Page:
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Was Phillip Lindsay's rookie season a fluke?

By Jared Smola 8:05am EDT 5/29/19

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What You Need to Know:

  • Lindsay tallied 1,037 rushing yards, 9 rushing TDs and 35 catches last year — all top 4 marks in NFL history by an undrafted rookie RB.
  • He finished 13th among RBs in PPR and non-PPR points — and was 9th in PPR points from Week 7 to 16.
  • Lindsay’s season ended with a wrist injury that required surgery and had him limited for May OTAs.
  • He’s a near lock to regress from last year’s 5.4 yards per carry — especially after posting subpar marks in blocking-independent metrics.

A historic 2018

Lindsay just turned in 1 of the best seasons by an undrafted rookie RB in NFL history. His 1,037 rushing yards were 3rd most by an undrafted rookie back, and his 9 rushing scores were tied for 4th most. He also ranks 4th on that list with 35 catches and 17th with 241 receiving yards.

Despite racking up 2,726 rushing yards, 750 receiving yards and 32 total TDs over his final 2 seasons at Colorado, Lindsay wasn’t invited to the Combine and didn’t hear his name called during the 7 rounds of the 2018 NFL Draft. His 5’7, 184-pound frame was the likely culprit.

But Lindsay impressed throughout the summer and entered last season with a significant role. In fact, he matched 3rd-round rookie Royce Freeman with 15 carries and 71 yards in the opener and then busted out for 107 yards on 14 totes in Week 2. By October, Lindsay was entrenched as Denver’s lead back. He averaged 14.6 carries and 3.1 targets over his final 9 games from Week 7 to 16. Lindsay ranked 9th among RBs in PPR points and 13th in non-PPR over that span.

His season ended in Week 16, though, with a scaphoid fracture and ligament damage to his wrist. He had surgery on December 28 and was given a 3-4 month recovery timeline. That would have had him back by the end of April — but Lindsay was limited in May OTAs. His status will be worth monitoring closely in training camp.

Reasons to worry

The wrist issue is just 1 reason to be wary of Lindsay repeating last year’s performance in 2019. Let’s start with his gaudy 5.4 yards per carry, which led all 29 RBs who toted it 150+ times last season. 31 RBs posted 5+ yards per carry on 150+ attempts over the previous 10 seasons from 2008 to 2017. Only 4 of those guys (12.9%) managed to improve their yards per carry the following year. 22 of them (71%) saw their average dip by .6+ yards, and 14 of them (45.2%) sunk by more than a yard. The 31 guys on average lost .83 from their yards per carry the next season.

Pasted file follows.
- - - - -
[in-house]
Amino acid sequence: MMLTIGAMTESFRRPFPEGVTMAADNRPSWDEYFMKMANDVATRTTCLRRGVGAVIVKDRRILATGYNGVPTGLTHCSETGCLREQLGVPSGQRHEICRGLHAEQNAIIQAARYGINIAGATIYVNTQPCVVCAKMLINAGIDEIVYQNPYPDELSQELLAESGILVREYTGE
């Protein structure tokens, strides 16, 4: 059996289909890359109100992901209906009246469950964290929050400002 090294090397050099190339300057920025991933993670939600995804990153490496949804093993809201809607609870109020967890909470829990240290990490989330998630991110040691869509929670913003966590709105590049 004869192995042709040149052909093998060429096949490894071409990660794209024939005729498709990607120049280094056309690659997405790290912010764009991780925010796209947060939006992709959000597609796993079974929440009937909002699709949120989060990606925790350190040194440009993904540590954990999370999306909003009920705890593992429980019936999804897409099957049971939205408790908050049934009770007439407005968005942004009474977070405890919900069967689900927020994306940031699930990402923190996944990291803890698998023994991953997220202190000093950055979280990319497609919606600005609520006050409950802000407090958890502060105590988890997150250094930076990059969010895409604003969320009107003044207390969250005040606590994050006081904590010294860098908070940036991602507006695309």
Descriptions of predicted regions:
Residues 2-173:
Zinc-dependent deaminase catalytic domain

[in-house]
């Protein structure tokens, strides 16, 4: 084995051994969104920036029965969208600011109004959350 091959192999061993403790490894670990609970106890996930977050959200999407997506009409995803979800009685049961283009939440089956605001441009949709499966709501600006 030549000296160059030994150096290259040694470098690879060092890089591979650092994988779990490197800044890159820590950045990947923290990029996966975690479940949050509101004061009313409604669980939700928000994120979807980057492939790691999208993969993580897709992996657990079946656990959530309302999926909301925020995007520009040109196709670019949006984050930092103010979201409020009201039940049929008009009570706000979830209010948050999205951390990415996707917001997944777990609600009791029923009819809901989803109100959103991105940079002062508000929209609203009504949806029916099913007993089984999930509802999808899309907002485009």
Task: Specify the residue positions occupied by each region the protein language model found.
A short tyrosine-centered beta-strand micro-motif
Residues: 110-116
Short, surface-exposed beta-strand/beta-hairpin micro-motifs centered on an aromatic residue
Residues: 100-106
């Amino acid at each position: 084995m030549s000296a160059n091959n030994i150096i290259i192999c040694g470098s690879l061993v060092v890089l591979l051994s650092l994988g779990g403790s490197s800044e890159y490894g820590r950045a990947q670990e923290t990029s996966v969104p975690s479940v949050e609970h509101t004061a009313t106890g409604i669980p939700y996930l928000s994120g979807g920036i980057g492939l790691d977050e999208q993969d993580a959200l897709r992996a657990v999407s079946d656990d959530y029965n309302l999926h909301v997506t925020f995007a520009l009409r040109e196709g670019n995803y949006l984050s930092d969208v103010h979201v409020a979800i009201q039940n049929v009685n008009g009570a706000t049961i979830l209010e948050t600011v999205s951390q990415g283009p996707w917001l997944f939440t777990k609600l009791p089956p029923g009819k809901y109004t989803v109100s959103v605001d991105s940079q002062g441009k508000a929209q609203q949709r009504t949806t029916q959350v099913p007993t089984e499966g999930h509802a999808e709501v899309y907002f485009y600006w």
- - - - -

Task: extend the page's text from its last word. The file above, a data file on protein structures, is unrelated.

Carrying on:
So Lindsay is a near lock to see regression there — and probably significant regression. That seems even more likely considering he didn’t fare particularly well in blocking-independent metrics. According to Pro Football Focus, Lindsay ranked 21st among those 29 RBs with 150+ carries last year in missed tackles forced per attempt and 27th in yards after contact per attempt. In other words, he was below average in picking up yards beyond what was blocked.

More worrisome is that teammate Royce Freeman actually bested Lindsay in both missed tackles forced and yards after contact per attempt. So the fact that Lindsay averaged 1.4 more yards per carry than his fellow rookie was largely a result of Lindsay getting better blocking in front of him.

Freeman was an accomplished college back, racking up 5,621 yards and 60 TDs on 5.9 yards per carry over 4 seasons at Oregon. And GM John Elway invested a 3rd-round pick in him just a year ago. So Freeman is a serious threat to play a bigger role in the running game this season.

The move from OC Bill Musgrave to OC Rich Scangarello only boosts the chances of the carry distribution shifting in 2019. Scangarello has worked under Kyle Shanahan in 3 of the past 4 years and will bring a zone-blocking scheme to Denver that will be much different than what the team ran last season.

Lindsay is a safer bet to retain a significant pass-catching role. He was solid in that facet last season, hauling in 35 of 47 targets (74.5%) for 241 yards (6.9 YPC) and 1 TD. Freeman caught just 14 of 20 targets (70%) for 72 yards (5.1 YPC). And while Devontae Booker bested Lindsay with 51 targets, 38 catches and 275 yards last year, Lindsay average more yards per route run, according to Pro Football Focus.

Offensive line

Denver made some additions to the offensive line in free-agent OT Ja’Wuan James and 2nd-round rookie Dalton Risner. James ranked 14th among 80 OTs in Pro Football Focus’ run-blocking grades last year, and Risner received strong run-blocking grades in each of his 4 seasons at Kansas State. The Broncos will also get G Ronald Leary back after he missed the final 10 games of last season.

Draft Sharks Bottom Line:

Lindsay turned in a historic 2018 season, ranking top 4 in NFL history in rushing yards, rushing TDs and catches by an undrafted rookie RB. He finished 13th among RBs in both PPR and non-PPR points.

There are reasons to worry heading into 2019, though. Lindsay is a near lock to regress from last year’s 5.4 yards per carry, especially after posting subpar marks in missed tackles forced and yards after contact per carry. Teammate Royce Freeman bested Lindsay in both metrics and is a serious threat to capture a bigger role this season. The change to OC Rich Scangarello creates more room for movement in the backfield. And we’ll need to keep an eye on Lindsay’s recovery from last year’s season-ending wrist injury.

We shouldn’t undersell how impressive Lindsay was as a rookie. He’s at least a strong bet to stay busy in the passing game this season and brings high-end RB2 upside. But the risks involved figure to make him overvalued in most fantasy drafts this summer.

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